The Fed’s at The Wheel…and That’s The Problem

When it comes to overall market direction, the Federal Reserve remains in the driver’s seat, which for me conjures the final scene in Harold and Maude. In the denouement of that 1971 black comedy, Harold purposely drives his Jaguar E-Type hearse off a cliff.

Inflation in the United States is cooling, as evidenced by data for the October consumer and producer price indices. And yet, the Fed is sticking to its course of aggressive tightening, even at the risk of wreaking gratuitous harm to the economy.

Here’s a fact: The main culprit for U.S. inflation isn’t reckless federal government spending. Inflation is largely the result of shortages and supply chain disruptions caused by the pandemic and Russia-Ukraine war.

Riddle me this: If U.S. fiscal policy is responsible for inflation, why is inflation much worse in most other countries?

The year-over-year rate of all-items consumer price index (CPI) inflation in the U.S. for October stood at 7.7%, below forecasts and reflecting a downward slope. To cite just one contrasting example, the YoY CPI rate of inflation in the United Kingdom for October was 11.1%, exceeding forecasts. In some countries, inflation is running at triple digits.

The average global CPI inflation rate is 8.8%. As the following chart from the International Monetary Fund (IMF) shows, food and energy are the main forces currently driving inflation higher around the world:

Higher interest rates in the U.S. will contract the economy, which of course will make a dent in inflation. But the human cost will be disproportionately high. Interest rate policy can’t ameliorate the food and energy shortages caused by Vladimir Putin’s war in Eastern Europe, nor the lingering supply-and-demand imbalances caused by COVID.

Blaming the fiscal stimulus that was enacted under President Biden for inflation is political demagoguery. And that argument conveniently forgets the stimulus passed under President Trump. Has stimulus exacerbated inflation? Yes, somewhat. But without those forceful steps to counteract the economic slump (and fear) caused by the pandemic, the alternative would have been a deep recession and perhaps outright depression.

Read This Story: Addressing Inflation Misconceptions

Now that the U.S. midterm elections are over, these falsehoods about inflation are falling by the wayside because they no longer serve a political purpose. Midterm messaging is getting abandoned.

For example: We heard a lot of sniping by partisans about gasoline prices when they were rising, but now that those prices are falling, we’re hearing the sound of crickets. As of this writing, the nationwide average per-gallon price of gas hovers at $3.70, down from its peak of $5.00 in June of this year.

Let me put it this way: I don’t think the House GOP’s promised investigations into Hunter Biden’s laptop will do much to bring down inflation and gas prices.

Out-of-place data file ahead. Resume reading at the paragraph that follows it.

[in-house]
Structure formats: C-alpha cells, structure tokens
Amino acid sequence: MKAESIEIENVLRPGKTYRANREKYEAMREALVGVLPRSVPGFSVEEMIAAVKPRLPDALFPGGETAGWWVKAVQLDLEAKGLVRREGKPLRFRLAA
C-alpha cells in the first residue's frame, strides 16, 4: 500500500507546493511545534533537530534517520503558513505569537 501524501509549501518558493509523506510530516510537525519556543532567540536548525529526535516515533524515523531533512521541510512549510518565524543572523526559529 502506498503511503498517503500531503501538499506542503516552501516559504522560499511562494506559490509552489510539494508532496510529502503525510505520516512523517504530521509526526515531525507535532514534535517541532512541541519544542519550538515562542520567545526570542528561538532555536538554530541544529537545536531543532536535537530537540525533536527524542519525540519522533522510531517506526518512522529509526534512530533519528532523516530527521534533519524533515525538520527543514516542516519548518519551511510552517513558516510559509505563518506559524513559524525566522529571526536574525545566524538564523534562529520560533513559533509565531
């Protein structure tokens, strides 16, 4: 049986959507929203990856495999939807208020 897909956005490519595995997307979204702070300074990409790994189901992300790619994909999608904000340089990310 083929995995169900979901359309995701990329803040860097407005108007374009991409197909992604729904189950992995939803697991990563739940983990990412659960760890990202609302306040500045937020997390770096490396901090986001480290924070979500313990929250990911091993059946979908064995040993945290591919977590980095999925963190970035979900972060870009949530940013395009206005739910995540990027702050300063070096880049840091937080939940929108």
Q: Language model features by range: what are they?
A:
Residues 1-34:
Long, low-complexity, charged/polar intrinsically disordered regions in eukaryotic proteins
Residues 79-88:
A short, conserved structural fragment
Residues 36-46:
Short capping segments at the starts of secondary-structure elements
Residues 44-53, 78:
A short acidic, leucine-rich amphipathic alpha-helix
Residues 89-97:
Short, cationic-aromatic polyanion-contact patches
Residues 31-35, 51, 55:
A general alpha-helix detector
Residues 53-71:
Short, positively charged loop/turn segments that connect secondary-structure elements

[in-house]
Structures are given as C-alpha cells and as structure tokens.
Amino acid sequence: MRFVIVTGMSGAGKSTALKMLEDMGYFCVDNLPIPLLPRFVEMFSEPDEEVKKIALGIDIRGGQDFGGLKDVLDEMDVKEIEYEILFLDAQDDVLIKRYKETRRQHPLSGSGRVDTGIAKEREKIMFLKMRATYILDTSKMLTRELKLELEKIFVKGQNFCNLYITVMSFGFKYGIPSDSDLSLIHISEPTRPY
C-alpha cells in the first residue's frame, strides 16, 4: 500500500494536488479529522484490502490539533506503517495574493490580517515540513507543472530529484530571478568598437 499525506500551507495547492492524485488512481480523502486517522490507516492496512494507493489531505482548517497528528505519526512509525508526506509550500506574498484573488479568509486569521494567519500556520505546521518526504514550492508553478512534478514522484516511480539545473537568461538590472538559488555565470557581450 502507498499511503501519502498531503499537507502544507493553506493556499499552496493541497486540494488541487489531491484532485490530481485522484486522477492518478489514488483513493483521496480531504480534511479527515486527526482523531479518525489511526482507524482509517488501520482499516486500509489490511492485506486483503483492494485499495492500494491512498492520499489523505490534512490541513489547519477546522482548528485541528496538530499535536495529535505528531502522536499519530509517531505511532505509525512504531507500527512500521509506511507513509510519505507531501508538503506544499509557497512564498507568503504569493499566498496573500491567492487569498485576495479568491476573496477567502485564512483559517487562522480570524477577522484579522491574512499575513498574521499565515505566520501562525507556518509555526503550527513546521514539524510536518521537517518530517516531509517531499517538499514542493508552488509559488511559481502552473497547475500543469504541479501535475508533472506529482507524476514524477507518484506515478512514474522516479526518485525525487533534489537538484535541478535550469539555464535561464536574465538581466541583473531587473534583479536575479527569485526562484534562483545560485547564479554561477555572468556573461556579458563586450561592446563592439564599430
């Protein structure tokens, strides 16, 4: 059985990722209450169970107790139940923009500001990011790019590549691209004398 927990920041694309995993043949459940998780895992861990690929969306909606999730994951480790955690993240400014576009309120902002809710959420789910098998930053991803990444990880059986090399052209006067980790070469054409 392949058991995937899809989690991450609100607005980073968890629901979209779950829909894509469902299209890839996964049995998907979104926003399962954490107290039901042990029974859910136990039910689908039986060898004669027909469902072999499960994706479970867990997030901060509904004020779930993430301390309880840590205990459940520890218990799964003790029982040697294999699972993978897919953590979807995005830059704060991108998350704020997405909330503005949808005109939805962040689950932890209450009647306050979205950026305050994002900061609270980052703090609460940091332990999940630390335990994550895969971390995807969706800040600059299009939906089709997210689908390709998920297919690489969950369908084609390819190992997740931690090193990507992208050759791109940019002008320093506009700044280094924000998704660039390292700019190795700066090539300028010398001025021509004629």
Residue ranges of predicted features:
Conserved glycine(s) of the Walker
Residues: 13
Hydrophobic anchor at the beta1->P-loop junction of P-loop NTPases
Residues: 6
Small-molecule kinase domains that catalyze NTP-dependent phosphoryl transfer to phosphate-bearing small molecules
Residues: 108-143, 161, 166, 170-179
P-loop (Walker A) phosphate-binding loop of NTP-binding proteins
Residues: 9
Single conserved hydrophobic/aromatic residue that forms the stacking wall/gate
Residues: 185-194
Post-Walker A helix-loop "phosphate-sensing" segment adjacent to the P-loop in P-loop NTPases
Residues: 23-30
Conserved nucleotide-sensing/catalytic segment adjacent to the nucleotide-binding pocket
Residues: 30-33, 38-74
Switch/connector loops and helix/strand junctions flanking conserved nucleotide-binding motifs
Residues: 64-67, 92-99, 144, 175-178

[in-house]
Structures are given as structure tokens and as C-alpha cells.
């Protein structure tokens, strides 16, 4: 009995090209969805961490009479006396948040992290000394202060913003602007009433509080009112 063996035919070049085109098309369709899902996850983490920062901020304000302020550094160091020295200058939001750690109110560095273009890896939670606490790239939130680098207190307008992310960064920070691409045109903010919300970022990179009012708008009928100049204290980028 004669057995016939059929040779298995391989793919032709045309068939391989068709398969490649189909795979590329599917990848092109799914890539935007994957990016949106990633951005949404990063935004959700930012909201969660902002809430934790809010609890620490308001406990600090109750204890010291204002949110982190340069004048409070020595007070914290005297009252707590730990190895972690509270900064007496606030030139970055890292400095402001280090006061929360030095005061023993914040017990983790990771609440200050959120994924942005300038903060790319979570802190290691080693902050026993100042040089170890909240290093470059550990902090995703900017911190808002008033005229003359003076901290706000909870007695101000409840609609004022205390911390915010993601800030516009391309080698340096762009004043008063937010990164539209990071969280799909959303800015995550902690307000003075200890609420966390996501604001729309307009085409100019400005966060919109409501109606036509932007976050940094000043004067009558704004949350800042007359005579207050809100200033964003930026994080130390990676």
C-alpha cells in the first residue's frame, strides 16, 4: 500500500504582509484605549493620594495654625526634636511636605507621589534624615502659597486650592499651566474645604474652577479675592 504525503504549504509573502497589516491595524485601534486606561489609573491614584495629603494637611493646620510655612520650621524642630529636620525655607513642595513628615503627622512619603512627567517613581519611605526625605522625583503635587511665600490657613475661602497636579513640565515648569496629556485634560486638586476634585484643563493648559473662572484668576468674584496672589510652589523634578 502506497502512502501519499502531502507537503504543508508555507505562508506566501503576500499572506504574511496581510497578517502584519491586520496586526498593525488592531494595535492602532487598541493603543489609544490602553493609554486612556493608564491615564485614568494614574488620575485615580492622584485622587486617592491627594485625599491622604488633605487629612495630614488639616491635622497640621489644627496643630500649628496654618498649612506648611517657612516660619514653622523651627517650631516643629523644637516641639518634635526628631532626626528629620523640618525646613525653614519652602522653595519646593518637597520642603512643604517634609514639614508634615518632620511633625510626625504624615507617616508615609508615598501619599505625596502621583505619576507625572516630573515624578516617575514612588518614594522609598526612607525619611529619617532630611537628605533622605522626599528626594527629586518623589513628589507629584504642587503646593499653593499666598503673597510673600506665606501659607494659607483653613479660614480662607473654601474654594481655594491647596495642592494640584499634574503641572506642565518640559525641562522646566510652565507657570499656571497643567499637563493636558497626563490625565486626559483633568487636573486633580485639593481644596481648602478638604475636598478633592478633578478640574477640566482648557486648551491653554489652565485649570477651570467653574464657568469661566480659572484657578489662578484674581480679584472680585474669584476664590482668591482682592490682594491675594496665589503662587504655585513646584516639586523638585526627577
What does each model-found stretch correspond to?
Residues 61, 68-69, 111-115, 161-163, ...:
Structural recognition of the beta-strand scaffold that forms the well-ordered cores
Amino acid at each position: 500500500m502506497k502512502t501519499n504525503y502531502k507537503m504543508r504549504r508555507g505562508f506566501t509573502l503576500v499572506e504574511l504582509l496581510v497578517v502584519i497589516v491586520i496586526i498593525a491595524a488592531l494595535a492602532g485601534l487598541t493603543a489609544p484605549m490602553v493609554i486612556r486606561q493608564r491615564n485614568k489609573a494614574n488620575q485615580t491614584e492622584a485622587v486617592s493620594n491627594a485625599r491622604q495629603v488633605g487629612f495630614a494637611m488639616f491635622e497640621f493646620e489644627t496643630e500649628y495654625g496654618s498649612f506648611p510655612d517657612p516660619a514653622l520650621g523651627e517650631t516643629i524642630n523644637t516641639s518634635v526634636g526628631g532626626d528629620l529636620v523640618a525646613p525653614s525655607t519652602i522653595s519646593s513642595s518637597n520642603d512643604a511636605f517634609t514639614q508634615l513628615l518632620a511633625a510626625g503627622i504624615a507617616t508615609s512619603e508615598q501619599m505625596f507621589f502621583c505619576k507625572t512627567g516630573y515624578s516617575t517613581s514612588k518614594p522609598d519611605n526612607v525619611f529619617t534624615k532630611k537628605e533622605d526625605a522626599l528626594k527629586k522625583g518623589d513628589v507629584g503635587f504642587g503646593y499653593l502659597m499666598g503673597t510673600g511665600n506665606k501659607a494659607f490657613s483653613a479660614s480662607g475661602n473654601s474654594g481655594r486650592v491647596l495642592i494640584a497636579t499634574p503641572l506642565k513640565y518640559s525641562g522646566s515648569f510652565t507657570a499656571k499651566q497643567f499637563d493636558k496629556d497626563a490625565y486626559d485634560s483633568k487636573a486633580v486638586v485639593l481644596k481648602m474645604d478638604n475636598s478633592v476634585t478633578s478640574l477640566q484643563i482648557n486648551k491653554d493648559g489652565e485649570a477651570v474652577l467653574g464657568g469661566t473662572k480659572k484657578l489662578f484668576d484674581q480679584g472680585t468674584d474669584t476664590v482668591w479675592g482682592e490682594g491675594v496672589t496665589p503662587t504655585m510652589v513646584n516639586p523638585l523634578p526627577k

The good news is, supply chains are mending, equilibrium is returning to energy markets, seaport bottlenecks are easing, and shipping costs are dropping. U.S. goods inflation is plunging and services inflation is stabilizing. Jobs and wage growth are decelerating. But the Fed seems to suffer PTSD from the hyper-inflation of the 1970s.

Fed Chair Jerome Powell’s predecessor Paul Volcker haunts the stage this holiday season like Marley’s ghost.

Bullard spooks the bulls…

Powell isn’t the only member of the U.S. central bank with a penchant for talking down the stock market. We’ve enjoyed an equity rally so far this month, but St. Louis Federal Reserve President James Bullard saw fit this week to kill the groove.

“Thus far, the change in the monetary policy stance appears to have had only limited effects on observed inflation, but market pricing suggests disinflation is expected in 2023,” Bullard said in an interview Thursday.

Bullard added: “The policy rate is not yet in a zone that may be considered sufficiently restrictive. To attain a sufficiently restrictive level, the policy rate will need to be increased further.”

Bullard suggested the proper zone for the fed funds rate could be in the 5%-7% range, higher than the current market pricing of 4.25%-4.50% by end-2022.

Bullard is a voting member of the central bank’s policy-making Federal Open Market Committee (FOMC), which means he’ll be a hawkish vote when the FOMC meets again in December.

In the wake of Bullard’s remarks, the major U.S. stock market indices sank Thursday. They also opened lower Friday, but then rallied in the afternoon in choppy trading, and closed as follows:

  • DJIA: +0.59%
  • S&P 500: +0.48%
  • NASDAQ: +0.01%
  • Russell 2000: +0.58%

All four major equity averages posted losses for the week. Also roiling stocks, especially in the retail sector, were third-quarter operating results from Target (NYSE: TGT). The bellwether retailer on Wednesday reported earnings that badly missed estimates and management predicted a soft holiday shopping season.

Buckle up. Stocks have rebounded in November, but we’re still driving at cliff’s edge.

Editor’s Note: What are your views on inflation? I’d love to hear from you. Let’s get a dialogue going. You can reach me at:

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Jim Fink is chief investment strategist of Options for Income, Velocity Trader, and Jim Fink’s Inner Circle. Jim has been sharing his trading secrets for over a decade, giving regular investors not just one, but two different opportunities to get paid every single week.

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